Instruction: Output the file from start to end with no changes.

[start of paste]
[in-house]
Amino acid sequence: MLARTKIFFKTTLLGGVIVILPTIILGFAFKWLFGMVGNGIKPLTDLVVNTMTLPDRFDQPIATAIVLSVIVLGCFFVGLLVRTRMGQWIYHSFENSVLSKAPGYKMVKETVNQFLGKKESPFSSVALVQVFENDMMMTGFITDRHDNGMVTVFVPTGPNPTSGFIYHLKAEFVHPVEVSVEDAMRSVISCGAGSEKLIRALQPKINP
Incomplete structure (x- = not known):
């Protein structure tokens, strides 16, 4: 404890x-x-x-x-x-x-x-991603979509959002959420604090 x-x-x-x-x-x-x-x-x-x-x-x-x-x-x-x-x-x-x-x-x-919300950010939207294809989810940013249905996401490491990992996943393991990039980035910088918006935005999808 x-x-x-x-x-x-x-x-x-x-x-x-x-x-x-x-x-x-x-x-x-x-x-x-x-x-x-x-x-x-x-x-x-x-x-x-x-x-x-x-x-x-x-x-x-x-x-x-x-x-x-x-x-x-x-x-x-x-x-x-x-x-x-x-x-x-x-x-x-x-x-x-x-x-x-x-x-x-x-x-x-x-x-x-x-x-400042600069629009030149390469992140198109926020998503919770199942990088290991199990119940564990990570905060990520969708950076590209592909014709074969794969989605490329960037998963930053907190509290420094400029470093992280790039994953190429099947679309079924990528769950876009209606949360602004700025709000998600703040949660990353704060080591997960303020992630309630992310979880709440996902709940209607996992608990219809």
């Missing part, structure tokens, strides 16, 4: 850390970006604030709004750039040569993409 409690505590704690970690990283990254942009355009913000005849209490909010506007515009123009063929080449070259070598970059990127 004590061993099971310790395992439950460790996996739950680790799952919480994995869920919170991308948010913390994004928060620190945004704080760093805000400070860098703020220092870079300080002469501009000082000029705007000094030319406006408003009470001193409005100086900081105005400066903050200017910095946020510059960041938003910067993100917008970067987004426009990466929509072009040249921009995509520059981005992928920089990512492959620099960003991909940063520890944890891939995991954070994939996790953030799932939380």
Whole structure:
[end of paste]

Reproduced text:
[in-house]
Amino acid sequence: MLARTKIFFKTTLLGGVIVILPTIILGFAFKWLFGMVGNGIKPLTDLVVNTMTLPDRFDQPIATAIVLSVIVLGCFFVGLLVRTRMGQWIYHSFENSVLSKAPGYKMVKETVNQFLGKKESPFSSVALVQVFENDMMMTGFITDRHDNGMVTVFVPTGPNPTSGFIYHLKAEFVHPVEVSVEDAMRSVISCGAGSEKLIRALQPKINP
Incomplete structure (x- = not known):
């Protein structure tokens, strides 16, 4: 404890x-x-x-x-x-x-x-991603979509959002959420604090 x-x-x-x-x-x-x-x-x-x-x-x-x-x-x-x-x-x-x-x-x-919300950010939207294809989810940013249905996401490491990992996943393991990039980035910088918006935005999808 x-x-x-x-x-x-x-x-x-x-x-x-x-x-x-x-x-x-x-x-x-x-x-x-x-x-x-x-x-x-x-x-x-x-x-x-x-x-x-x-x-x-x-x-x-x-x-x-x-x-x-x-x-x-x-x-x-x-x-x-x-x-x-x-x-x-x-x-x-x-x-x-x-x-x-x-x-x-x-x-x-x-x-x-x-x-400042600069629009030149390469992140198109926020998503919770199942990088290991199990119940564990990570905060990520969708950076590209592909014709074969794969989605490329960037998963930053907190509290420094400029470093992280790039994953190429099947679309079924990528769950876009209606949360602004700025709000998600703040949660990353704060080591997960303020992630309630992310979880709440996902709940209607996992608990219809």
């Missing part, structure tokens, strides 16, 4: 850390970006604030709004750039040569993409 409690505590704690970690990283990254942009355009913000005849209490909010506007515009123009063929080449070259070598970059990127 004590061993099971310790395992439950460790996996739950680790799952919480994995869920919170991308948010913390994004928060620190945004704080760093805000400070860098703020220092870079300080002469501009000082000029705007000094030319406006408003009470001193409005100086900081105005400066903050200017910095946020510059960041938003910067993100917008970067987004426009990466929509072009040249921009995509520059981005992928920089990512492959620099960003991909940063520890944890891939995991954070994939996790953030799932939380």
Whole structure: